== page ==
With musical accompaniment, Mo Gilligan delivers a surprisingly well-observed stand-up special that’ll definitely resonate with anyone who lived the kind of life he’s talking about.
Observational comedy appeals to us because we’re needy and arrogant. We want to feel, on some level, like we could do the comedian’s job; that it’s just a case of standing there and pointing out obvious things, which of course it isn’t. But we also want to feel like we’re not alone. We want to be convinced that there are other people just like us, who saw and did the same things as us, whose parents and teachers behaved in the same way. Only rarely do I feel like that. As it happens, though, I very much felt that way during Mo Gilligan: Momentum, which debuted on Netflix today. Gilligan’s a young-ish comic with a youthful act. He’s only two years older than me and comes from the same working-class single-parent background. When he describes his mother and friends he could just as easily be talking about mine. My school, my neighborhood, my family weddings, my friends, my group chats, my nights out — they all seem pretty similar.
Gilligan is black, which I’m not, but he never really mentions it. He grew up poor, which I did, but he scarcely mentions that either, other than in funny, relatable observations about, say, pocket money seeming like an exclusively middle-class luxury. When he mentions leaving high school to go to college, he also mentions that when he did he’d be on big money from education maintenance allowance (EMA), a £30-a-week government payout for the children of parents on low incomes that subsidized most of my teenage partying. I’ve never heard any other comic mention it.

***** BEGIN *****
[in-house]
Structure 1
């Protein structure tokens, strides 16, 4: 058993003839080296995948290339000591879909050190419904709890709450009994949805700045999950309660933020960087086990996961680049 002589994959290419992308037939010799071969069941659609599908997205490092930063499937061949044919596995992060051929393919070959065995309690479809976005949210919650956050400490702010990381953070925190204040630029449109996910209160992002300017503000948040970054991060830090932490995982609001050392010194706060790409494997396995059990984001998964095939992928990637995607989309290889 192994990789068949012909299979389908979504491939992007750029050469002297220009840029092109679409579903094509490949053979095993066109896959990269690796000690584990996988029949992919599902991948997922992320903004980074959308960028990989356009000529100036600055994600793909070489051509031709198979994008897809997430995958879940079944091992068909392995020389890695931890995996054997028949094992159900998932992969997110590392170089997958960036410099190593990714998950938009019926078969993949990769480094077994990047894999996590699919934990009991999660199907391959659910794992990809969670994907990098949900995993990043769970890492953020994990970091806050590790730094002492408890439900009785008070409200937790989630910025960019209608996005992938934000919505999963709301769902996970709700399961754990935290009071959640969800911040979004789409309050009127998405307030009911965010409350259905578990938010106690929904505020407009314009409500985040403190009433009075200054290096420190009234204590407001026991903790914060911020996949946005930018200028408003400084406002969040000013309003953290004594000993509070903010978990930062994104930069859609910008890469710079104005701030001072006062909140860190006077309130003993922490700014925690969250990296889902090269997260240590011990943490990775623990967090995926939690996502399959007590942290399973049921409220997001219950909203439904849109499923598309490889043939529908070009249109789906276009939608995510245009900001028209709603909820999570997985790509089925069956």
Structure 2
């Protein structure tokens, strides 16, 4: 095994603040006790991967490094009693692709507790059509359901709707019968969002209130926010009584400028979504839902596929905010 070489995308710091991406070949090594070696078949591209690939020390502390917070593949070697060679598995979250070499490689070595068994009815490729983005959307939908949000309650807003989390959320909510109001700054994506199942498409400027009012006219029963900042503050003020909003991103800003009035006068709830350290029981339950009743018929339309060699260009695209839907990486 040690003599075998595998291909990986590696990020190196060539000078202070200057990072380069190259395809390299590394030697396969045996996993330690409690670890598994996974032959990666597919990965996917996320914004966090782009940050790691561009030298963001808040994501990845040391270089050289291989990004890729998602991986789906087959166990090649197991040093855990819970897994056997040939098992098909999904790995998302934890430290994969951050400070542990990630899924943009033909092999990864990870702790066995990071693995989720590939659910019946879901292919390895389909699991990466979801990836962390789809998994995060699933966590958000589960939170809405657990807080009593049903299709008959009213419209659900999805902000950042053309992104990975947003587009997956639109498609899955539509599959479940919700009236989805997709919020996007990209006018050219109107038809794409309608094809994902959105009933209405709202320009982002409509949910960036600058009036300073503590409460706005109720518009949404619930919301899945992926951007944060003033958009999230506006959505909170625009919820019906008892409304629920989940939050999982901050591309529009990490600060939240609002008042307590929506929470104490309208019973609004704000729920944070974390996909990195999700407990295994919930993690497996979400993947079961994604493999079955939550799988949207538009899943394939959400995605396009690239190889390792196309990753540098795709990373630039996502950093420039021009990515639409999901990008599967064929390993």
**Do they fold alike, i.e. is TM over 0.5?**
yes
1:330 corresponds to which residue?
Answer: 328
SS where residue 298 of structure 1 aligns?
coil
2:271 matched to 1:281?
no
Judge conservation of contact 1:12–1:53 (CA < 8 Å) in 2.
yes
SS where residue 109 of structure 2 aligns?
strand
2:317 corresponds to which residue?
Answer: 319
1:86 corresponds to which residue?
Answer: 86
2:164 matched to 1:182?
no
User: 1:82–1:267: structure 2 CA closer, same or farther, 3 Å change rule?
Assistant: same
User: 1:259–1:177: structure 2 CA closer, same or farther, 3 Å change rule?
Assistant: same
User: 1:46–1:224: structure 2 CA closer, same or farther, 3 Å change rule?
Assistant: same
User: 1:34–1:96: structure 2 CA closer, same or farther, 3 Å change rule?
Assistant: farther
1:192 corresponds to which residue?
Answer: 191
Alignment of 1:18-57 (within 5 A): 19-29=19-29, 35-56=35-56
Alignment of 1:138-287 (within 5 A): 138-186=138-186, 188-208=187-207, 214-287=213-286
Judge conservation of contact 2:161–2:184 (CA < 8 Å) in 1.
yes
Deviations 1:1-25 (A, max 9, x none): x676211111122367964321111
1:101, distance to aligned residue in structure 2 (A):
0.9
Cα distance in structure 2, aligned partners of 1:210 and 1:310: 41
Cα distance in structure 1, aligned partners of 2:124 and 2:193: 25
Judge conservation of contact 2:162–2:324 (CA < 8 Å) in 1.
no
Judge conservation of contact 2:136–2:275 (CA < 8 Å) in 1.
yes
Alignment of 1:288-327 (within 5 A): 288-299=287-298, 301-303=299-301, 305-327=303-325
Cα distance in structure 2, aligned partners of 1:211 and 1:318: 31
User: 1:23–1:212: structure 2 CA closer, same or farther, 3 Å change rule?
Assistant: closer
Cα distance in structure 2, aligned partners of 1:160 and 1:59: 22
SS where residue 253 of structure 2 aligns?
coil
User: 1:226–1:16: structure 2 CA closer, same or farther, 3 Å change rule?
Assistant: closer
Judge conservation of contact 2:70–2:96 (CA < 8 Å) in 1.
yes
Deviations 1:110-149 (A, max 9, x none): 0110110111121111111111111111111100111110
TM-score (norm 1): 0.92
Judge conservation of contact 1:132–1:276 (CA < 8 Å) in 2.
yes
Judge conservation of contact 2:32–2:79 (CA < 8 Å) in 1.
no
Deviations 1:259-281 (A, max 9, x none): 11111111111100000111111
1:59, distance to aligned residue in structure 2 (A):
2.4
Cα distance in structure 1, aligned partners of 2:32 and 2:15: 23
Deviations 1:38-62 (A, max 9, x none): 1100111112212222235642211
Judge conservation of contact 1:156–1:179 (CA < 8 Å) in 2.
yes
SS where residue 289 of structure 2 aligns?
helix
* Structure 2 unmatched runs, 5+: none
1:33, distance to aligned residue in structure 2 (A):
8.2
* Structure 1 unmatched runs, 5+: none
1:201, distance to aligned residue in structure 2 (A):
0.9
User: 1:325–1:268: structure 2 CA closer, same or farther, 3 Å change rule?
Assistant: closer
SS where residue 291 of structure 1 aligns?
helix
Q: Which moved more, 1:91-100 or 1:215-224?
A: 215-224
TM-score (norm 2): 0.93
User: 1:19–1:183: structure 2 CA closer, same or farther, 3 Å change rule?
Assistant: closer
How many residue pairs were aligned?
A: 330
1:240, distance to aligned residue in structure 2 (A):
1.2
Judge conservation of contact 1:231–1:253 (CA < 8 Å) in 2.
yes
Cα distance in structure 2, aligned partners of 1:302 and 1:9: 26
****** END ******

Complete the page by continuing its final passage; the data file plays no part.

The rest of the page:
You get the idea.
Most of Gilligan’s material is like this. It’s almost all, in some way, informed by matters of race and class, but those things are self-evident rather than self-pitying. He assumes most of the audience will understand what he’s talking about, and he’s right. He isn’t on a moral crusade — he’s simply identifying the aspects of his life that other, similar people will be able to identify in theirs. The popular criticism of this kind of comedy is that there aren’t any jokes in it, and that’s partly true. But Mo Gilligan: Momentum, which also features a live band and bits with musical accompaniment, seems to relish that. It’s a nostalgic, performative evocation of growing up in a very specific working-class way during the nineties and the early-00s, and unapologetically so. I enjoyed being spoken to and for; having my own experiences narrated in a way that everyone present could relate to.
Some stuff, of course, annoyed me. Gilligan has a tendency to laugh at his own jokes, and not always in a way that feels natural. He also begins virtually every set-up with some variation of “Do you remember?” or “Have you seen?” in regards to stuff that he knows full well the entire audience remembers and has seen — that shared understanding is pre-loaded into the bit. But these are minor niggles in a musical stand-up special that I was very much surprised by, both in terms of how much I liked it and how enjoyable of a performer Gilligan is. I’ll keep an eye out for his next one.